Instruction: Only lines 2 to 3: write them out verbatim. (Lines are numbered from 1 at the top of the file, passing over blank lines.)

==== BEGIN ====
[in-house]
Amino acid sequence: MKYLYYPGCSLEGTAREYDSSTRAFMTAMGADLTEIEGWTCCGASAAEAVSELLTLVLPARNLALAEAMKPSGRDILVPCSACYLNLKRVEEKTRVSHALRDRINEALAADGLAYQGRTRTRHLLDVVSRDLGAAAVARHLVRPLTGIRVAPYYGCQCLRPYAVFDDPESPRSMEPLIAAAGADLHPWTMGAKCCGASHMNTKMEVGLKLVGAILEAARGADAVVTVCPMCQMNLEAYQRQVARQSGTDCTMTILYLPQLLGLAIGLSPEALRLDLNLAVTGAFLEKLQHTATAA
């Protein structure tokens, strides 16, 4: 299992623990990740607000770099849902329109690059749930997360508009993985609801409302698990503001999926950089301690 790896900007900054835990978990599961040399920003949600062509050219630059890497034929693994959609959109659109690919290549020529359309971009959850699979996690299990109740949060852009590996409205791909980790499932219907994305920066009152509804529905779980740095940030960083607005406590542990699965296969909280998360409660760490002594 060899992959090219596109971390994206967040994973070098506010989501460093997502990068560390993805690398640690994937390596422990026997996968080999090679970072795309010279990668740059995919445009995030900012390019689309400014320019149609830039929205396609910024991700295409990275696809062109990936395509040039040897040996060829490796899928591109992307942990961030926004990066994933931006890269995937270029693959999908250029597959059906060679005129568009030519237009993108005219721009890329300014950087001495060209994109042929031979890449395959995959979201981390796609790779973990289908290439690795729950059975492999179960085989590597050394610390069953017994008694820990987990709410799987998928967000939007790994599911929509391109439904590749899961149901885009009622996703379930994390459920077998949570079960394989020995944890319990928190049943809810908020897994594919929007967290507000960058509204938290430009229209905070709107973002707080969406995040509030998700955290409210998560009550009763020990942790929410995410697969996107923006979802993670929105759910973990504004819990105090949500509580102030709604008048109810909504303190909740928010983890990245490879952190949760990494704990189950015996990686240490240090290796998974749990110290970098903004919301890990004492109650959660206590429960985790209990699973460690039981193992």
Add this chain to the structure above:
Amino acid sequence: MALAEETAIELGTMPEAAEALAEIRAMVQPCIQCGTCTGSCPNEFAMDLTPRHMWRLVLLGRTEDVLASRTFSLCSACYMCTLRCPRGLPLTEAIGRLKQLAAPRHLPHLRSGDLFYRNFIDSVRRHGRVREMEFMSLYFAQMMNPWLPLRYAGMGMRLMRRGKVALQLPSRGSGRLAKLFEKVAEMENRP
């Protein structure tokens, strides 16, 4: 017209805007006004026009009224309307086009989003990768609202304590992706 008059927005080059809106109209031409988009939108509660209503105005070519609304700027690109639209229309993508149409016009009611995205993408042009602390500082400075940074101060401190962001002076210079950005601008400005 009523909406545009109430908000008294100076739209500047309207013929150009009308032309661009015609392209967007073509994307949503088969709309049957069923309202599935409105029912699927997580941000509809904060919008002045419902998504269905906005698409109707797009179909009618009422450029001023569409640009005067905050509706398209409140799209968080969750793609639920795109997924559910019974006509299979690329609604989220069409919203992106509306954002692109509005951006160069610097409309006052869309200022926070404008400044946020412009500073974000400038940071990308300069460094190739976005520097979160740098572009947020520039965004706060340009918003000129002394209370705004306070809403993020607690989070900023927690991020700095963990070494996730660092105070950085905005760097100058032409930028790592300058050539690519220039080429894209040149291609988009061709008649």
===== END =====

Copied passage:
Amino acid sequence: MKYLYYPGCSLEGTAREYDSSTRAFMTAMGADLTEIEGWTCCGASAAEAVSELLTLVLPARNLALAEAMKPSGRDILVPCSACYLNLKRVEEKTRVSHALRDRINEALAADGLAYQGRTRTRHLLDVVSRDLGAAAVARHLVRPLTGIRVAPYYGCQCLRPYAVFDDPESPRSMEPLIAAAGADLHPWTMGAKCCGASHMNTKMEVGLKLVGAILEAARGADAVVTVCPMCQMNLEAYQRQVARQSGTDCTMTILYLPQLLGLAIGLSPEALRLDLNLAVTGAFLEKLQHTATAA
């Protein structure tokens, strides 16, 4: 299992623990990740607000770099849902329109690059749930997360508009993985609801409302698990503001999926950089301690 790896900007900054835990978990599961040399920003949600062509050219630059890497034929693994959609959109659109690919290549020529359309971009959850699979996690299990109740949060852009590996409205791909980790499932219907994305920066009152509804529905779980740095940030960083607005406590542990699965296969909280998360409660760490002594 060899992959090219596109971390994206967040994973070098506010989501460093997502990068560390993805690398640690994937390596422990026997996968080999090679970072795309010279990668740059995919445009995030900012390019689309400014320019149609830039929205396609910024991700295409990275696809062109990936395509040039040897040996060829490796899928591109992307942990961030926004990066994933931006890269995937270029693959999908250029597959059906060679005129568009030519237009993108005219721009890329300014950087001495060209994109042929031979890449395959995959979201981390796609790779973990289908290439690795729950059975492999179960085989590597050394610390069953017994008694820990987990709410799987998928967000939007790994599911929509391109439904590749899961149901885009009622996703379930994390459920077998949570079960394989020995944890319990928190049943809810908020897994594919929007967290507000960058509204938290430009229209905070709107973002707080969406995040509030998700955290409210998560009550009763020990942790929410995410697969996107923006979802993670929105759910973990504004819990105090949500509580102030709604008048109810909504303190909740928010983890990245490879952190949760990494704990189950015996990686240490240090290796998974749990110290970098903004919301890990004492109650959660206590429960985790209990699973460690039981193992």